A Guide to Sober Holiday Parties
Once the fun of Halloween ends, you wake up to find yourself in the height of the holiday season. November begins an intense eight weeks of holiday expectations, social gatherings, and family reunions. So as you plan your holiday, why not add some much-needed guidance in planning sober holiday parties?
Strains on Your Sobriety
Whether you are new to recovery or are in long-term recovery, you likely dread the holidays. Despite the festivities, certain aspects of the season can create anxiety or depression. The highs and lows of the holidays are especially difficult for those with a substance use disorder (SUD). In addition, you may face family conflict, financial difficulties, grief, loneliness, or seasonal affective disorder (SAD). While each hurdle alone is challenging, when combined, the prospect of celebrating is unthinkable. If you feel overwhelmed by the reality of one or more of these issues, you can talk with someone about your thoughts and feelings.
Regardless of how you choose to cope with the holidays, you may need some guidance if hosting a holiday gathering. Holiday party planning requires time, attention, self-care, and preparation.
The urge to drink or use a substance can increase during the holidays because of the stress. However, you can follow a few guidelines to mitigate and avoid the triggers caused by the season or get ready to host a party.
Plan and Delegate
Plan ahead. The key to a stress-free holiday party is to make a comprehensive to-do list. This can include anything from decorations, invitation lists, recipes, and even guidelines guests must follow. One of the most helpful parts of planning is asking for help. Accept offers if friends or family member wants to come over, help decorate, or put together last-minute things. One caveat: don’t be afraid to say no to those who cause unnecessary stress and anxiety.
Don’t wait until the day of the party to cook everything at once. When you are grocery shopping, add crackers, cookies, chips, nuts, or candy. Unless you are hosting a formal event, keep the atmosphere comfortable by serving food buffet-style.
Keep It Clean and Organized
When you have friends over, don’t stress about having your home 100% in order. If you have a room that is filled with clutter, simply close the door.
Interior and Exterior Decorating Tips
Decking the halls doesn’t mean breaking your wallet (or your back) or spending hours getting the house holiday-ready. Instead, find a theme you like and stick with it.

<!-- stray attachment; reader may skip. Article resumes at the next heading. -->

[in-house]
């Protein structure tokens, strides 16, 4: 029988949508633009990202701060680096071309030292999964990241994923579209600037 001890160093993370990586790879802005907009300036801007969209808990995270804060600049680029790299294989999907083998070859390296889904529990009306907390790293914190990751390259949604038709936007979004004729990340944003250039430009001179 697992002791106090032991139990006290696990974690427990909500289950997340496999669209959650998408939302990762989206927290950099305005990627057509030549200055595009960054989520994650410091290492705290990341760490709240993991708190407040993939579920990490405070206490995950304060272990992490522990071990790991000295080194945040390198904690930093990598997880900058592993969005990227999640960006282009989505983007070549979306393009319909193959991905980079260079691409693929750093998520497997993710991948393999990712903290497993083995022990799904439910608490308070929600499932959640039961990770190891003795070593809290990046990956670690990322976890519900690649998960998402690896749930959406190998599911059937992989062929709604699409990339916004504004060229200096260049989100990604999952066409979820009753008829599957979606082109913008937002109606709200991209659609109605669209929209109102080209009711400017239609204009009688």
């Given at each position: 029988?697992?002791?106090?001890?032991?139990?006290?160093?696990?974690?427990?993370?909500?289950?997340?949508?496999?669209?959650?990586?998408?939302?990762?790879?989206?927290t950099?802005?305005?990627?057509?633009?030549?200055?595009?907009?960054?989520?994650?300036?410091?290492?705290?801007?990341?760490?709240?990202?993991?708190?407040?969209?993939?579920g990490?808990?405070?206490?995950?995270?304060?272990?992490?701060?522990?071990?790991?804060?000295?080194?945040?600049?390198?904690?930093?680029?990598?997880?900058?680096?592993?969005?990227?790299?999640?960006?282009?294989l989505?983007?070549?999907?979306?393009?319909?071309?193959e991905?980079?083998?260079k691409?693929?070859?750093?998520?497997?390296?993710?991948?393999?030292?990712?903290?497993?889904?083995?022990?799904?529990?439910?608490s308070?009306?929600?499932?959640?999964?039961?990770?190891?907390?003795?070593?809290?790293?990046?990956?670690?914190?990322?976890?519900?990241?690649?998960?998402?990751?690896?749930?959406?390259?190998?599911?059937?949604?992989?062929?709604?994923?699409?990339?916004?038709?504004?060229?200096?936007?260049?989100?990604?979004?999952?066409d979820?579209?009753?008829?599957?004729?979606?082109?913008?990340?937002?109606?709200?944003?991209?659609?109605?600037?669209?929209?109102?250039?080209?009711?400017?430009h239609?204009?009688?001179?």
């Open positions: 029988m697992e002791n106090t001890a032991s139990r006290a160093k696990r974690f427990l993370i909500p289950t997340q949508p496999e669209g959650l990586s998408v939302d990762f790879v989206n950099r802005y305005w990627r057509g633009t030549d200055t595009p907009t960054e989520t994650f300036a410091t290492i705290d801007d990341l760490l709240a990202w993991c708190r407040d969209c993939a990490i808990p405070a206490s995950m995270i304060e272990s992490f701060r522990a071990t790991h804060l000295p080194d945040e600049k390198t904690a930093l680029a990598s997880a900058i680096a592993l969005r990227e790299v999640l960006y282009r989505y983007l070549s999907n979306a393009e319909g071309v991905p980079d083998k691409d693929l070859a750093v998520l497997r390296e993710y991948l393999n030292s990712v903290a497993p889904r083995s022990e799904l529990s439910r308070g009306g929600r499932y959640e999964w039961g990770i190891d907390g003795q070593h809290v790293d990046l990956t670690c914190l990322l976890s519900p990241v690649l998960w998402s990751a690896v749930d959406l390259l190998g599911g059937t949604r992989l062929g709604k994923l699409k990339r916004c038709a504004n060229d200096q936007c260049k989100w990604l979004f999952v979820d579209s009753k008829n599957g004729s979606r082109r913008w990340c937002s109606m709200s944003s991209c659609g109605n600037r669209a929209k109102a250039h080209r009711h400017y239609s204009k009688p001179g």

Perhaps you don’t have many holiday-themed accessories, and that’s okay. Flea markets, social media marketplaces, dollar stores, and friends and family are excellent sources for decorations.
You don’t need to have a house covered in lights. Keep it simple and affordable. A wreath, ribbons, stockings, or a picture placed on the door are all terrific ways to greet your guests.
Poinsettias, a rosemary tree, or whatever you prefer will make your entrance vibrant and welcoming.
Find the Perfect Vibe
No matter where you are, music sets the mood. You can take the time to set up a playlist or follow these simple tips for party-time music:
- Keep in mind who is attending the party, find the best vibe, and set the mood with the best playlist.
- If you are serving a formal meal, avoid music with lyrics while guests are eating. This way, everyone will be able to communicate clearly.
Take a Relaxed Approach
Throwing a party can include holding an open house, a gathering with no required time slot where guests can come and go as they please. Set a start and end time for your friends and family to drop by at their convenience. You can enjoy the time you have with your guests, and they can enjoy the flexibility.
Holiday parties often include alcohol consumption. To help you maintain your sobriety, you can take a few precautions. A few suggestions include:
- Continue to go to meetings. Whether you attend a 12-Step meeting, a group session, or individual therapy, keep going! Are you traveling? Plan ahead and find meetings near your destination.
- Avoid your triggers, even if that means a family member, friend, or old habits.
- Keep a non-alcoholic beverage in your hand, like soda, juice, or water. If you’re holding a drink, people can’t hand you one.
There are varying views on mocktails. While some believe these beverages are a danger to sobriety, Alcoholics Anonymous (AA) states they are acceptable. Before you decide to include mocktails in your holiday festivities, talk with your therapist to determine if they are a danger to your sobriety. If your therapist approves, consider creating a signature drink like Town and Country’s Hot Apple Cider.
The holiday season is a festive time for many, but not for everyone. The seasonal stressors, family drama, financial issues, loneliness, and seasonal affective disorder can have serious impacts on recovery. For those who experience one or more of these stressors, the added pressure of hosting a holiday party can increase their risk of relapse. If you are hosting a party, there are ways to decrease your stress while planning, prepping, and partying for a sober holiday party. However, you can find yourself questioning your sobriety or in need of support. You don’t need to cover up your mental health issues or risk relapse. Alta Centers supports your decision to seek substance addiction treatment. When we designed our secluded facility near the Hollywood sign, we did so because the sign is a beacon of hope. Our trained staff will help guide you as you work towards your goals. For more information, call Alta Centers today at (888) 202-2583.